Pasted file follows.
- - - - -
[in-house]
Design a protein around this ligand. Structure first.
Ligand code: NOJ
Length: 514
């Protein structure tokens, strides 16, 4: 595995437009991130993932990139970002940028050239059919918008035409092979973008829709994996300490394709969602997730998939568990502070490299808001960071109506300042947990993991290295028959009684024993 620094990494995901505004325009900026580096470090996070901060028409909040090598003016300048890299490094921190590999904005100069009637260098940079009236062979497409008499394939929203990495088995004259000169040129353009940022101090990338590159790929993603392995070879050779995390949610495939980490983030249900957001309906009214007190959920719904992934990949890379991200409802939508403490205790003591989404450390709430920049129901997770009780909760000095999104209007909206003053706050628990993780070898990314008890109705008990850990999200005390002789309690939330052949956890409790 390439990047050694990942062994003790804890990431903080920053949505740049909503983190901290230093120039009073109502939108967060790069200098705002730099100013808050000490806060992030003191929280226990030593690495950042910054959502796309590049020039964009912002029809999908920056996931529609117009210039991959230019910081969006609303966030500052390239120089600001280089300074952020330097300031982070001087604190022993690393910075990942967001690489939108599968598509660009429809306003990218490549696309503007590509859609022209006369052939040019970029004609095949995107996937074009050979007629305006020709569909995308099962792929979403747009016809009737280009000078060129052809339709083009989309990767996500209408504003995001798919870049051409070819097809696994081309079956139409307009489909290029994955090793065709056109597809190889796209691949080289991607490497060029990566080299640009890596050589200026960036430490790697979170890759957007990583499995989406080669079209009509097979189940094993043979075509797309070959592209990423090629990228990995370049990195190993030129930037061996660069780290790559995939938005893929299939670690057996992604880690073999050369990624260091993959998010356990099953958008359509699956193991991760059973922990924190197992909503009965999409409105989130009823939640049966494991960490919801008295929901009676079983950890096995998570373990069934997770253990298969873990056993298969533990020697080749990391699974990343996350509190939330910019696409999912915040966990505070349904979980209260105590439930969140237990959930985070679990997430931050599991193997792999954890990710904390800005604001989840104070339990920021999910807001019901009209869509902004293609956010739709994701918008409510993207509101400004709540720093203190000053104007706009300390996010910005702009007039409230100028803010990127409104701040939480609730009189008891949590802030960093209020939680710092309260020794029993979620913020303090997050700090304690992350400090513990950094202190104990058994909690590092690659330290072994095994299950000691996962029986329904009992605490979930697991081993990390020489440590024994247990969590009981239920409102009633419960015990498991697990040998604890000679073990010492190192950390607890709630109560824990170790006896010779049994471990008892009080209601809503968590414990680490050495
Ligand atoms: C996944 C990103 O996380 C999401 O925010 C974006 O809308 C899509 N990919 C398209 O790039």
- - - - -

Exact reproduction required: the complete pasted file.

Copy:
[in-house]
Design a protein around this ligand. Structure first.
Ligand code: NOJ
Length: 514
């Protein structure tokens, strides 16, 4: 595995437009991130993932990139970002940028050239059919918008035409092979973008829709994996300490394709969602997730998939568990502070490299808001960071109506300042947990993991290295028959009684024993 620094990494995901505004325009900026580096470090996070901060028409909040090598003016300048890299490094921190590999904005100069009637260098940079009236062979497409008499394939929203990495088995004259000169040129353009940022101090990338590159790929993603392995070879050779995390949610495939980490983030249900957001309906009214007190959920719904992934990949890379991200409802939508403490205790003591989404450390709430920049129901997770009780909760000095999104209007909206003053706050628990993780070898990314008890109705008990850990999200005390002789309690939330052949956890409790 390439990047050694990942062994003790804890990431903080920053949505740049909503983190901290230093120039009073109502939108967060790069200098705002730099100013808050000490806060992030003191929280226990030593690495950042910054959502796309590049020039964009912002029809999908920056996931529609117009210039991959230019910081969006609303966030500052390239120089600001280089300074952020330097300031982070001087604190022993690393910075990942967001690489939108599968598509660009429809306003990218490549696309503007590509859609022209006369052939040019970029004609095949995107996937074009050979007629305006020709569909995308099962792929979403747009016809009737280009000078060129052809339709083009989309990767996500209408504003995001798919870049051409070819097809696994081309079956139409307009489909290029994955090793065709056109597809190889796209691949080289991607490497060029990566080299640009890596050589200026960036430490790697979170890759957007990583499995989406080669079209009509097979189940094993043979075509797309070959592209990423090629990228990995370049990195190993030129930037061996660069780290790559995939938005893929299939670690057996992604880690073999050369990624260091993959998010356990099953958008359509699956193991991760059973922990924190197992909503009965999409409105989130009823939640049966494991960490919801008295929901009676079983950890096995998570373990069934997770253990298969873990056993298969533990020697080749990391699974990343996350509190939330910019696409999912915040966990505070349904979980209260105590439930969140237990959930985070679990997430931050599991193997792999954890990710904390800005604001989840104070339990920021999910807001019901009209869509902004293609956010739709994701918008409510993207509101400004709540720093203190000053104007706009300390996010910005702009007039409230100028803010990127409104701040939480609730009189008891949590802030960093209020939680710092309260020794029993979620913020303090997050700090304690992350400090513990950094202190104990058994909690590092690659330290072994095994299950000691996962029986329904009992605490979930697991081993990390020489440590024994247990969590009981239920409102009633419960015990498991697990040998604890000679073990010492190192950390607890709630109560824990170790006896010779049994471990008892009080209601809503968590414990680490050495
Ligand atoms: C996944 C990103 O996380 C999401 O925010 C974006 O809308 C899509 N990919 C398209 O790039």